I had a word with a well-known and highly respected Royal Enfield dealer and mechanic from the US of A, who strongly advised the usage of 1 liter of oil in the primary case. Hence, I thought I'd let fellow bulleteers know about this as this could save many sprag clutch/electric start failures which otherwise could have resulted due to the lack of sufficient lubrication.

Note: This advisory does not apply to the Unit Construction Engined(UCE) bullets.

I brought this topic up with Nandan (my mentor in bullet maintenance, whom I approach occasionally when I need to know the engineering-centric explanation for certain bullet behavior, which is usually beyond a mechanic's cup of tea), and here is what he had to say:

What is good for preventing jamming, will be bad for gripping.
The sprag itself has to grip in one direction &  slip in another.
The clutch has to grip well, or else you may as well buy a 100cc bike
with mileage-problems!
And even with small amounts of oil in the bike, it leaks.
In my opinion, extra oil is too much headache for a very small problem!
The best way is to avoid the starter and learn to kick-start the bike.
You can buy an ignition unit...the OLD model TCI, which did not skip a
spark like the new models.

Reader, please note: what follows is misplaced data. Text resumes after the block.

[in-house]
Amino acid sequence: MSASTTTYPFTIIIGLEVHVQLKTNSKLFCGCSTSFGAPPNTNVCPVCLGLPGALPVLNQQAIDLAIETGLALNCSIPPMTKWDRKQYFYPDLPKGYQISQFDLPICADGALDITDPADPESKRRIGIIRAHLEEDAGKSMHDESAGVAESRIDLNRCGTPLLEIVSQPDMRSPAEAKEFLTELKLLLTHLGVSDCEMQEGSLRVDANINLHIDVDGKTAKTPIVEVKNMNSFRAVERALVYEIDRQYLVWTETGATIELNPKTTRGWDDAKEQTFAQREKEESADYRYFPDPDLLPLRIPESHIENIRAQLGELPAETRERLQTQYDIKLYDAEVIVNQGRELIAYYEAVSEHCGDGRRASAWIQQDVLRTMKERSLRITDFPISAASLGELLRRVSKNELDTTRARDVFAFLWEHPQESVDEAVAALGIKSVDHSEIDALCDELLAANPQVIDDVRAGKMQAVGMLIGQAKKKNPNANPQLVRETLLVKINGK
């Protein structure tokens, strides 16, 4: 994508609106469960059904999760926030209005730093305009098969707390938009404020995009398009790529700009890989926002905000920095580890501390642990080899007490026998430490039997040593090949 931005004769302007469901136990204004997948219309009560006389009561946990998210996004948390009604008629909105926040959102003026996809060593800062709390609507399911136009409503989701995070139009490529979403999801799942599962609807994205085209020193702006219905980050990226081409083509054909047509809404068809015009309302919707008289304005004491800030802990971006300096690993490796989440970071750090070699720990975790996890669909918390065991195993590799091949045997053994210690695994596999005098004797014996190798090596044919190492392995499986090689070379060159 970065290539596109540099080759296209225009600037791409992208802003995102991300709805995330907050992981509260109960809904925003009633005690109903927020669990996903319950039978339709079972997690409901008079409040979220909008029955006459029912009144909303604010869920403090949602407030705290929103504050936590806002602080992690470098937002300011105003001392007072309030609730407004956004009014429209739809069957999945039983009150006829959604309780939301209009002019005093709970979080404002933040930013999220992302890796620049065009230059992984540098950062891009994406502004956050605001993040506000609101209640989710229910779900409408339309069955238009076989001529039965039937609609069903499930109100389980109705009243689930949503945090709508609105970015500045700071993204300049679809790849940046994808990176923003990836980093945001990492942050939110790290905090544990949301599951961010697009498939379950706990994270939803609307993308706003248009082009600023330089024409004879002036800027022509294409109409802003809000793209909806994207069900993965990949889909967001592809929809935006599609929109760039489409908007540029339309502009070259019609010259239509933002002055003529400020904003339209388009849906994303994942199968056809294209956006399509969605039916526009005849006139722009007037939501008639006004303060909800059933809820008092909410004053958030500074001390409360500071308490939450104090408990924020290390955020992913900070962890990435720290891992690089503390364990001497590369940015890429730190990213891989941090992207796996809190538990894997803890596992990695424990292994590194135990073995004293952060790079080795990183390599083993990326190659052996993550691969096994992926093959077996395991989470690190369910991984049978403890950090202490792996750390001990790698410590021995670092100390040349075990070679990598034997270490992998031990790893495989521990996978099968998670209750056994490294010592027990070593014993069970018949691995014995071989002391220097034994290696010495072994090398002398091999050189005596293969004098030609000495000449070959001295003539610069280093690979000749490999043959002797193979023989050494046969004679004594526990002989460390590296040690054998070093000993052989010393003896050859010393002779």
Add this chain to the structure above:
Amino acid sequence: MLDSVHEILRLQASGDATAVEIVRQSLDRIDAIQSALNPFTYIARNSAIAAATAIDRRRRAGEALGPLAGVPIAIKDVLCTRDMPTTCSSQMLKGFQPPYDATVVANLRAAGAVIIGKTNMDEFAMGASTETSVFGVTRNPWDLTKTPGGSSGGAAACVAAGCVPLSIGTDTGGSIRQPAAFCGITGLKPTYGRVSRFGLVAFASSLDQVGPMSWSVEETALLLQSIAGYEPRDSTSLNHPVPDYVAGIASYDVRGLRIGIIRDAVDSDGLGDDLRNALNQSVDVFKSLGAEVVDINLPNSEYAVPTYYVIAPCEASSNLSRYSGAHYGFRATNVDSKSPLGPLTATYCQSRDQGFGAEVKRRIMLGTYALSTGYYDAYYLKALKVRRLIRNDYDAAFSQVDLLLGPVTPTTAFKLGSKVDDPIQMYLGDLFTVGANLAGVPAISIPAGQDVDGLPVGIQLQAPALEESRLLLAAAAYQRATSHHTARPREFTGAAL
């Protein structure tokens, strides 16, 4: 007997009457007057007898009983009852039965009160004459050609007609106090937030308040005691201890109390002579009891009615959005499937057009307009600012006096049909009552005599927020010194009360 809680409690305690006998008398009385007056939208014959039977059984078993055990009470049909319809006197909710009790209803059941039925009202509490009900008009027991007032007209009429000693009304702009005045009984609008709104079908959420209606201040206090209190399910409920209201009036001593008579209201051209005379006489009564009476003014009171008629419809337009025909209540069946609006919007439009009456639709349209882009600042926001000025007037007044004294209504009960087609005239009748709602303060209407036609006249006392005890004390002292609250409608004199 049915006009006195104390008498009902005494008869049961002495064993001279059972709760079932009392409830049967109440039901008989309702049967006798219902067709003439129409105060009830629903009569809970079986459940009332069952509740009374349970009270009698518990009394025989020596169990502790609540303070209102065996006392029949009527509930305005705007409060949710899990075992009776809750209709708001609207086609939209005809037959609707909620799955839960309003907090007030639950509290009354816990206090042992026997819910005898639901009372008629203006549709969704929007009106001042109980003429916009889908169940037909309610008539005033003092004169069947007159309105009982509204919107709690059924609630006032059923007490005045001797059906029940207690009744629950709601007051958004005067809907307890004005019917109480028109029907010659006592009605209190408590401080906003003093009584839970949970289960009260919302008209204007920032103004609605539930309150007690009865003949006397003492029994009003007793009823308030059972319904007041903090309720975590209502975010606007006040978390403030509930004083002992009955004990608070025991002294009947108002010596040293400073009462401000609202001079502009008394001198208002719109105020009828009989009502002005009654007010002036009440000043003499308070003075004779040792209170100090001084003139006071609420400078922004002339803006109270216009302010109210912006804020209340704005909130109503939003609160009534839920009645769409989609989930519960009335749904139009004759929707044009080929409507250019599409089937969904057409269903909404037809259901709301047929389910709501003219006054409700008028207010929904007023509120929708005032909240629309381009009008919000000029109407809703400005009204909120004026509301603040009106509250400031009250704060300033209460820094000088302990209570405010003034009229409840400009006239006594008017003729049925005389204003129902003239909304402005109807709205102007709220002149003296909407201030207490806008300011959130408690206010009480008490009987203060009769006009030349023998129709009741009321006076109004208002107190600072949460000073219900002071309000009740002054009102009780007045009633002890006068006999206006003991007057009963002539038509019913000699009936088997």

It will make starting even easier. This unit can be kept as a spare.

After the above discussion, I continued with my rides on my bike, and other than occasional 'clangs' nothing really happened. 

Last Month:

I was looking for a new mech (as the old one is no good for my work anymore), and I came across Nizam from BSK. Very humble guy and currently the chosen one to put their hands on my bike. Even he told the same fear of a defective sprag clutch. Better to remove it for my Ladakh ride or replace it completely. However, he would still have a look at the clutch during servicing and let me know of any hope of repairing it.


As part of some fabrication work getting done for my fuel tank, I was speaking with Imran (a well-known bullet mechanic who also travels with groups as a support mech). Even he suggested removing the 'sprag clutch' for the trip and using a kicker. That's the safest thing to do and commonly done by other CI bullets as well. Apart from that he was quite impressed with my bike's looks and the condition of the engine ;)

Reference Links:
The best and simple description of detecting known behavior of a bad sprag:


Parts Diagram of Sprag Clutch Assembly:

Picture of the spare parts:


So I have decided to remove my sprag clutch assembly for my upcoming ride to the mountains. I will try and record the removal process for my own reference.



Monday 2 June 2014

Leh - if wishes were motorcycles..

Hi there,